Model Airplane News|
Model Airplane News Cover for November, 1968
Grumman Albatross Click to Enlarge
Here is what the blurb about the cover has to say:
"... Incredible Grumman Albatross was designed by Chester Babbin and is powered by two K&B 0.35 [engines]. Designed at one inch to the foot, it has a 96 inch wingspan and weighs 12 1/2 pounds complete with CitizenShip radio equipment. Chet's biggest asset is 400 flat and clear acres that he has made available to free flyers ..."
About the Full Size Airplane
The Grumman HU-16 Albatross is a large twin-radial engine amphibious flying boat. Originally designated SA-16, it was renamed HU-16 in 1962.
The Grumman HU-16 "Albatross"
Click to Enlarge
An improvement of the design of the Grumman Mallard, the Albatross was developed to land in open ocean situations to rescue downed pilots. Its deep-V cross-section and substantial length enable it to land in the open sea. The Albatross was designed for 4 ft seas, and could land in more severe conditions, but required JATO for takeoff in 8-10 ft seas or greater.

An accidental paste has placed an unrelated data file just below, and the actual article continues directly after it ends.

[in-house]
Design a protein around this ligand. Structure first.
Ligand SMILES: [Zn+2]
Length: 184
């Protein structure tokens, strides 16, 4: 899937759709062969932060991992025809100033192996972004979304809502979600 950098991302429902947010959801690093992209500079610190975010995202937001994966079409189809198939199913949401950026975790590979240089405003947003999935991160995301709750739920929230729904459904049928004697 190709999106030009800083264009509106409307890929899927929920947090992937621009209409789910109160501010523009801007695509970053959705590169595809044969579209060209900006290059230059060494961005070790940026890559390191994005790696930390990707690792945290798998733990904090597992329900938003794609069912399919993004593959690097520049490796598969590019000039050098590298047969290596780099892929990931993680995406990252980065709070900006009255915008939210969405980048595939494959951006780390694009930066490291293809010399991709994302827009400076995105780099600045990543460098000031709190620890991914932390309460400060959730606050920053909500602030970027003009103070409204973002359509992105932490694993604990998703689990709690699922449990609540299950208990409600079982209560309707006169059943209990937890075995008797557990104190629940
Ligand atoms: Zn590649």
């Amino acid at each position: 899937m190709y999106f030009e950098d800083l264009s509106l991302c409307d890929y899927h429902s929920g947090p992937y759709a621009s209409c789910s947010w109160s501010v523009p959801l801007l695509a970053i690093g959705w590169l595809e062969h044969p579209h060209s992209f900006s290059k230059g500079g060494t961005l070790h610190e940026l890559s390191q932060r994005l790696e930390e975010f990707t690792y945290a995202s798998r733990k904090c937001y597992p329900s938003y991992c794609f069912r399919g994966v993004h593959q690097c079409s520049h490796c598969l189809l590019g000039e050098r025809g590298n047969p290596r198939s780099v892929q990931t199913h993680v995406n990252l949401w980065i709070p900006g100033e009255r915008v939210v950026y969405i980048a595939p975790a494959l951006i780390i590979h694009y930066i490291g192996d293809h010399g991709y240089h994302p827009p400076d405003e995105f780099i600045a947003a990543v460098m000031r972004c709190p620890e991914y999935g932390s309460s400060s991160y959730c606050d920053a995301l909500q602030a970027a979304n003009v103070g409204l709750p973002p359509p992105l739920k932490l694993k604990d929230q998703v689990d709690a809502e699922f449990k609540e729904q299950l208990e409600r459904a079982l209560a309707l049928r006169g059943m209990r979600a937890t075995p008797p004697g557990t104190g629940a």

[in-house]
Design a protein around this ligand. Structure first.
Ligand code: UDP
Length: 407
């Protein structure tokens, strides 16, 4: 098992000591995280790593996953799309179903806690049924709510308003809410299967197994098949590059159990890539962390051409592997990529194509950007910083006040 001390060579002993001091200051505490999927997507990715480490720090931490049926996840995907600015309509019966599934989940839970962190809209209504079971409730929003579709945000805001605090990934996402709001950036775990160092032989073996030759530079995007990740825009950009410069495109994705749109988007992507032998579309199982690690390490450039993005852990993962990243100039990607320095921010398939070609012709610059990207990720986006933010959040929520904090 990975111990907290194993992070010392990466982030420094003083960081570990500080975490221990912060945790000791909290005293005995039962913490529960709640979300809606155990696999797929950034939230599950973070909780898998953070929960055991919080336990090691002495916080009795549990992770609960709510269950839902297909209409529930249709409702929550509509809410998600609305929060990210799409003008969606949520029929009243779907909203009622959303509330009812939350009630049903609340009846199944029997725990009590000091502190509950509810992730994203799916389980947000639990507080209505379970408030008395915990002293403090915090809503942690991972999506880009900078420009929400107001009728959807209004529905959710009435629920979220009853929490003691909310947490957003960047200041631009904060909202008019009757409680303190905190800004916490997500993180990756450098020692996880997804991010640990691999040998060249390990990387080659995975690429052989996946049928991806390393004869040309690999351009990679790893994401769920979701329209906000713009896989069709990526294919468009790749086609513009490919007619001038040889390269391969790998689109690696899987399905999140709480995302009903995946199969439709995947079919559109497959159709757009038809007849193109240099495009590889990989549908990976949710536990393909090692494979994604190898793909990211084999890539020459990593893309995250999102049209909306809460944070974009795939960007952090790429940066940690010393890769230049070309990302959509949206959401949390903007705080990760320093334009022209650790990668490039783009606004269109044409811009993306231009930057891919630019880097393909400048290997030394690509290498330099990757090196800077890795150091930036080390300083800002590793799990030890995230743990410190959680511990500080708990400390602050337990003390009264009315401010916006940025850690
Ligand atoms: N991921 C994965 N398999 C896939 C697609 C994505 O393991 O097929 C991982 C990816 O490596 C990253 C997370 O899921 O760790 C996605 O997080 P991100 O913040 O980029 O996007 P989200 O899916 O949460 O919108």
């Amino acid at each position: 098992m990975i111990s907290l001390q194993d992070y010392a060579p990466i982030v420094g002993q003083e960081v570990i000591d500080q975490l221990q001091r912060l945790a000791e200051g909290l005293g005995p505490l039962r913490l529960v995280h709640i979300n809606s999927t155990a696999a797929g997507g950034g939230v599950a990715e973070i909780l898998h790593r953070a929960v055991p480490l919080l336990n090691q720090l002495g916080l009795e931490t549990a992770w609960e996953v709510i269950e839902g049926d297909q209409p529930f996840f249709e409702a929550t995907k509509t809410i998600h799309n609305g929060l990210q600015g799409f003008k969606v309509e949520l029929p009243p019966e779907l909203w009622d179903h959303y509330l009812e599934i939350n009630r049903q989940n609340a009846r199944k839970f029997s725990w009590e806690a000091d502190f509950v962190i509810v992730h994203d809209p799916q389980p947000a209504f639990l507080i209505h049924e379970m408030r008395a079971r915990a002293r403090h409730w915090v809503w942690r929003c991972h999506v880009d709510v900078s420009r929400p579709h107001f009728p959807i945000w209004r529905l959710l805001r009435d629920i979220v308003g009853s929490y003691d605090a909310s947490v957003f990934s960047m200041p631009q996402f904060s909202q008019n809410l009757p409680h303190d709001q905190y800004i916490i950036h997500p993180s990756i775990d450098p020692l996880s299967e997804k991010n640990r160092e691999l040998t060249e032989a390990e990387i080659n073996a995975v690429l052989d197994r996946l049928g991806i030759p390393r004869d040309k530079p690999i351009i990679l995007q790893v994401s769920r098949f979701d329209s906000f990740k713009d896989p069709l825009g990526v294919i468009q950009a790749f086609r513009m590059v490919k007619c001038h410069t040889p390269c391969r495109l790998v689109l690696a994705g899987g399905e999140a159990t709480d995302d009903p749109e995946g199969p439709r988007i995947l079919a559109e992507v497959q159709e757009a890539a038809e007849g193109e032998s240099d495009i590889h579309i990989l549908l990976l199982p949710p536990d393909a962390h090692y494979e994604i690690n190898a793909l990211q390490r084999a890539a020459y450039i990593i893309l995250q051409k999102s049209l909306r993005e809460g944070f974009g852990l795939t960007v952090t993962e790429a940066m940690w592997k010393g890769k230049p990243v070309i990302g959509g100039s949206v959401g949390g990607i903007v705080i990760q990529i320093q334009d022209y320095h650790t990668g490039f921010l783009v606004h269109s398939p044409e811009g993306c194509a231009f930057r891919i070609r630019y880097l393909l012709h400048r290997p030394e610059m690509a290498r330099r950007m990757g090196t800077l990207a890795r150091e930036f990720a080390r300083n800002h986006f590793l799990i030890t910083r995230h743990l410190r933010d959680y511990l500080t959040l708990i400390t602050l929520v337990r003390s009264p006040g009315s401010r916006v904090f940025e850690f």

The majority of Albatrosses were used by the U.S. Air Force, primarily by the Air Rescue Service, and initially designated as SA-16. The USAF utilized the SA-16 extensively in Korea for combat rescue, where it gained a reputation as a rugged and seaworthy craft. Later, the redesignated HU-16B (long-wing variant) Albatross was used by the U.S. Air Force's Aerospace Rescue and Recovery Service and saw extensive combat service during the Vietnam conflict.
The U.S. Navy also employed the HU-16D Albatross as a Search And Rescue aircraft from coastal naval air stations, both stateside and overseas. It was also employed as an operational support aircraft worldwide. The HU-16 was also operated by the U.S. Coast Guard as both a coastal and long-range open ocean SAR aircraft for many years.
Here is a video of a restored Albatross in San Francisco harbor
Click here to learn more about the Grumman Albatross.
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